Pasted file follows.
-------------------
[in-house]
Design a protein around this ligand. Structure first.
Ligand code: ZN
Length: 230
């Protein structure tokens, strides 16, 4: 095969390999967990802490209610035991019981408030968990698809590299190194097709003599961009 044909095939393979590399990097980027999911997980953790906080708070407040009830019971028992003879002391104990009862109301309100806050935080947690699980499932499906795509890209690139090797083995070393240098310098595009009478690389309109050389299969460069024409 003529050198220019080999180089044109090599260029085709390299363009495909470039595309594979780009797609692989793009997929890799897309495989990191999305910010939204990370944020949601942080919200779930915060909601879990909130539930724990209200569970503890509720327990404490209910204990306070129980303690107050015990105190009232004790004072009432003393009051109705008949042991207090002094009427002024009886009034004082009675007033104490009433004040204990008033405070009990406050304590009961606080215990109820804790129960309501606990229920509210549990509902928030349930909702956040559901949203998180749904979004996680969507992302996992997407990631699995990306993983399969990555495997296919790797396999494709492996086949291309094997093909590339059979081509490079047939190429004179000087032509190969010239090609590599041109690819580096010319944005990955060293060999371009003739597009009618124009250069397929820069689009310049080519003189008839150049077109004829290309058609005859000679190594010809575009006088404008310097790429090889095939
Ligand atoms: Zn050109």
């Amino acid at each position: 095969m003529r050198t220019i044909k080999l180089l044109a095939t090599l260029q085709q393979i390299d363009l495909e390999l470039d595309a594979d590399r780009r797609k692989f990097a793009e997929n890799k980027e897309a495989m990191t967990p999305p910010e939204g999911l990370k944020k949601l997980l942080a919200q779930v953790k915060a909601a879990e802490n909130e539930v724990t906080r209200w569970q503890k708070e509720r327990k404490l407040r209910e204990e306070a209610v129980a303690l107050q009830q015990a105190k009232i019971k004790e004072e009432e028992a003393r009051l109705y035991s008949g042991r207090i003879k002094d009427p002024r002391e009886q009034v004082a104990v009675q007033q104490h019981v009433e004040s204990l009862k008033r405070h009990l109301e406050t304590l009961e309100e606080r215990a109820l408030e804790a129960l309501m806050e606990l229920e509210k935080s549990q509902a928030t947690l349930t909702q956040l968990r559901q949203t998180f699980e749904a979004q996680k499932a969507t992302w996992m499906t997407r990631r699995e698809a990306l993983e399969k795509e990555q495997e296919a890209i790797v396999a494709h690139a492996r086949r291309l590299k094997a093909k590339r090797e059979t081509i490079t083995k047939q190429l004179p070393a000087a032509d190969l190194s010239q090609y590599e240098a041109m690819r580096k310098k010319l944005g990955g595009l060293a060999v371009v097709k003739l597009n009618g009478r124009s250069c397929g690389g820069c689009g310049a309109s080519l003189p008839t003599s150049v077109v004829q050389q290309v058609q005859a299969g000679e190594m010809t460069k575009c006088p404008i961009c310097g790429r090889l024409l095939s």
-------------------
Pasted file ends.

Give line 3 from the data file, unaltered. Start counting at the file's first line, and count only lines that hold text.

Ligand code: ZN